Around those two are returners like forward Marianne Kalin and Olivia Askin, who will be the Pride’s most immediate three-point option to open up the season. Ana Hernandez Gil also figures to be a big presence on the floor once she’s completely healed up from a leg injury.
Hernandez Gil showed flashes of a great touch from beyond the arc, and her game could add another dimension to Hofstra’s offense that it will need to get to the next level.
The point guard position will be head coach Krista Kilburn-Steveskey’s most interesting spot to tackle. The Pride are without Luciano, who was a vocal leader and dynamic on both ends of the floor.
Hofstra did land a highly-regarded transfer from the University of Michigan, Lauren “Boogie” Brozoski, who will most likely run point for the Pride. The only catch: Brozoski will not be eligible to play until after the end of the fall semester, at the end of December. Mikiyah Croskey, a sophomore forward, will also be on the sidelines until the end of the fall.
“It’s going to be a little bit of a point guard-by-committee until Boogie gets there,” Kilburn-Steveskey said. “E’Lexus Davis has been separating herself in practice so now let’s have carryover to the court.”
It’s a unique situation the Pride find themselves in. These two players may very well change the entire complexion of the team and may add a whole new wrinkle to the Pride that will be difficult for opposing coaches to plan for.
“It’s complicated because you’re trying to get Boogie reps but she’s not going to be playing with the starting team all the time,” Kilburn-Steveksey said. “I wish I could tell you there was a secret equation.”
For now, the point looks like it will be handled by a combination of Davis and Petja Krupenko. Davis started a pair of games last year in place of an injured Luciano, but struggled with turnovers, committing 45 of them compared to just 16 assists.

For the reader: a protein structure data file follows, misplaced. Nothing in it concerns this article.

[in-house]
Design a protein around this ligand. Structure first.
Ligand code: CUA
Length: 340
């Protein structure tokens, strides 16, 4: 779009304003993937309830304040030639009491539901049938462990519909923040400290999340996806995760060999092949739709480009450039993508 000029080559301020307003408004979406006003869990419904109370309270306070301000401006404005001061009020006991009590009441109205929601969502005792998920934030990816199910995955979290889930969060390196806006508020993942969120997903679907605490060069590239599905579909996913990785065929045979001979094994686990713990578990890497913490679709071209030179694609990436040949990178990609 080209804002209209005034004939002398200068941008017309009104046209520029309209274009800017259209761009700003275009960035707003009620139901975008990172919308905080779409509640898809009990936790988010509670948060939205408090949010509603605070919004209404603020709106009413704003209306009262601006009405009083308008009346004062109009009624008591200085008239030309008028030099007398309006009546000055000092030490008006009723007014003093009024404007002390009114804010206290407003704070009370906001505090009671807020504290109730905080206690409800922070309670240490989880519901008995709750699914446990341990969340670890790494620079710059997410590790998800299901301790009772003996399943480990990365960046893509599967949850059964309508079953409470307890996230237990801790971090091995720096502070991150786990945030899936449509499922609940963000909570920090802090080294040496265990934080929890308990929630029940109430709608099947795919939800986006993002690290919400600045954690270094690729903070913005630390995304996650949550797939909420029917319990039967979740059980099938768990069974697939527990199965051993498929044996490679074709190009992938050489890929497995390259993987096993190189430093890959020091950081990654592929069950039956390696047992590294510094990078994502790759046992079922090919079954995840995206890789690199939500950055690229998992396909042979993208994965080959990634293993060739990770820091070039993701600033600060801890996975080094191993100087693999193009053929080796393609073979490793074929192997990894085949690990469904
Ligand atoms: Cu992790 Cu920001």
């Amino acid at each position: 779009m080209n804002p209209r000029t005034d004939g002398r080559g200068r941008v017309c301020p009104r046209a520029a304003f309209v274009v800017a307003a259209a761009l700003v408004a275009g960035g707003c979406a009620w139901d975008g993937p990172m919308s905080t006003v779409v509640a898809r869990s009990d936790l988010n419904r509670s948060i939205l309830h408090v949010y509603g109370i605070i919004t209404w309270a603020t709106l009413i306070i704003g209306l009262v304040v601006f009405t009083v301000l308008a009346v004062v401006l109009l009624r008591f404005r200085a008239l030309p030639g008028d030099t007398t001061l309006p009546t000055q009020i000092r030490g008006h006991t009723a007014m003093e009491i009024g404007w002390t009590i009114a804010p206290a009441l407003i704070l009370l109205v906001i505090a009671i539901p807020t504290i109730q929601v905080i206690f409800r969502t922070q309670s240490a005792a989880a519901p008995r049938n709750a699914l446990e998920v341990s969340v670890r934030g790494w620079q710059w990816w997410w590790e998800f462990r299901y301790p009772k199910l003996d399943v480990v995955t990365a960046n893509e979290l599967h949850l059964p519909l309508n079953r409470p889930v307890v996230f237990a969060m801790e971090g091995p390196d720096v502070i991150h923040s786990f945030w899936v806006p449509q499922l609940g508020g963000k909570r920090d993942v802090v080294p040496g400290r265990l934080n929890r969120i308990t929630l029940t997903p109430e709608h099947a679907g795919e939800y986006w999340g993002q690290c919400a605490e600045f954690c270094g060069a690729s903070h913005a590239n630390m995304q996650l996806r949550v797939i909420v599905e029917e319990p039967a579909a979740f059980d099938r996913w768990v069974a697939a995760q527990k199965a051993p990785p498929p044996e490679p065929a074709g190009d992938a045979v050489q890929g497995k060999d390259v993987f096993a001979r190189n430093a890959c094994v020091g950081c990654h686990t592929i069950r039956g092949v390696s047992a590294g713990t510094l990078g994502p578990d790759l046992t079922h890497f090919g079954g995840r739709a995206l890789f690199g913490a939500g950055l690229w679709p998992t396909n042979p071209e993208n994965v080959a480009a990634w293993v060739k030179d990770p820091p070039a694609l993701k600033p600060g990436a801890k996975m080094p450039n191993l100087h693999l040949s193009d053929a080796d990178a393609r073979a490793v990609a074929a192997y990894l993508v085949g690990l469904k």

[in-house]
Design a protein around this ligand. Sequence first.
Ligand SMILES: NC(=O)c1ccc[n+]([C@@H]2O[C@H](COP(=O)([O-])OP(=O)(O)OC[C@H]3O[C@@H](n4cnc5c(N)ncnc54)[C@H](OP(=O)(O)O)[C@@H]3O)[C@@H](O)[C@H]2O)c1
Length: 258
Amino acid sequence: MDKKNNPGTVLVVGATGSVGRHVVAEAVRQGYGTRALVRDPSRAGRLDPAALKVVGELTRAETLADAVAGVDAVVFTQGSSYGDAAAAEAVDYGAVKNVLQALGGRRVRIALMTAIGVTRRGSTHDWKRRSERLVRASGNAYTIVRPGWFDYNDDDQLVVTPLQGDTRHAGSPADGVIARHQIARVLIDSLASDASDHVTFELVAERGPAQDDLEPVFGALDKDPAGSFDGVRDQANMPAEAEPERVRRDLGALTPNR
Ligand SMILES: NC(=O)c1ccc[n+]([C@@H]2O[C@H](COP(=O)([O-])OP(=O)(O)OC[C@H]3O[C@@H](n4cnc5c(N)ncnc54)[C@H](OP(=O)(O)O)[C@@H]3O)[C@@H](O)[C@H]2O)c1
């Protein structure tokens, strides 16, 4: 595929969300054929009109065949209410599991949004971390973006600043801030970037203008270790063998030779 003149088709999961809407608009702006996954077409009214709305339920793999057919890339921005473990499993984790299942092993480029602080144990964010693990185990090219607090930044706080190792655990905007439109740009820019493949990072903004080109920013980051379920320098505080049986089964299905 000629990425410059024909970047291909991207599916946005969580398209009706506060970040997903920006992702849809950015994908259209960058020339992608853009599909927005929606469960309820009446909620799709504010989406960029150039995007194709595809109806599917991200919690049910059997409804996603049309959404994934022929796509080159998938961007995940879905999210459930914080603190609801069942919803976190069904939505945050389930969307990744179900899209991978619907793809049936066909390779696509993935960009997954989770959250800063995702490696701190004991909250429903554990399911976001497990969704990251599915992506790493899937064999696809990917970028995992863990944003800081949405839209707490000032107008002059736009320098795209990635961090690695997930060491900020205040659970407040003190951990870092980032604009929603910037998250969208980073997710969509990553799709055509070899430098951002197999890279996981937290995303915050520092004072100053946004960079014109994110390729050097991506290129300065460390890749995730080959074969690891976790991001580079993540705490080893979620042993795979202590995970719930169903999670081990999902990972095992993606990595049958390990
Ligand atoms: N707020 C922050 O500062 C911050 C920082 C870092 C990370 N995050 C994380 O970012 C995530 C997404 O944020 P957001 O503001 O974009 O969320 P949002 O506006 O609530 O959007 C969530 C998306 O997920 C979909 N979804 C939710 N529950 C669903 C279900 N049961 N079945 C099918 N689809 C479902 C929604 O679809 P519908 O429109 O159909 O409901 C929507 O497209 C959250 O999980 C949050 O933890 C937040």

Fans will also have to monitor the progress of a couple more new faces, particularly Sica Cuzic. A 5-foot-10 guard, Cuzic comes to the Pride by way of Salt Lake City Community College, where she averaged 8.8 points per game. As one of the tallest guards on the floor at any given time, Cuzic could present a matchup nightmare for opposing guards.
It may be a bit much to ask for the Pride, who are still relatively young as a group, to go up with conference stalwarts like James Madison University and Elon, who will be as formidable as always this year. There are a few unknowns, a few weak spots and a very tough road for this team to navigate on its way to the CAA Tournament.
But a ranking as low as No. 7 in the conference doesn’t do this team justice. Kilburn-Steveskey is as good a coach as anyone in the conference, and this team will be another in a long line of gritty, defensive-minded Hofstra teams.
This team’s ability to impact the game on the other end of the floor, to score baskets and put pressure on opposing offenses, will ultimately be the biggest factor in whether or not this team could rise above that ranking, and more importantly, rise to the top of the CAA.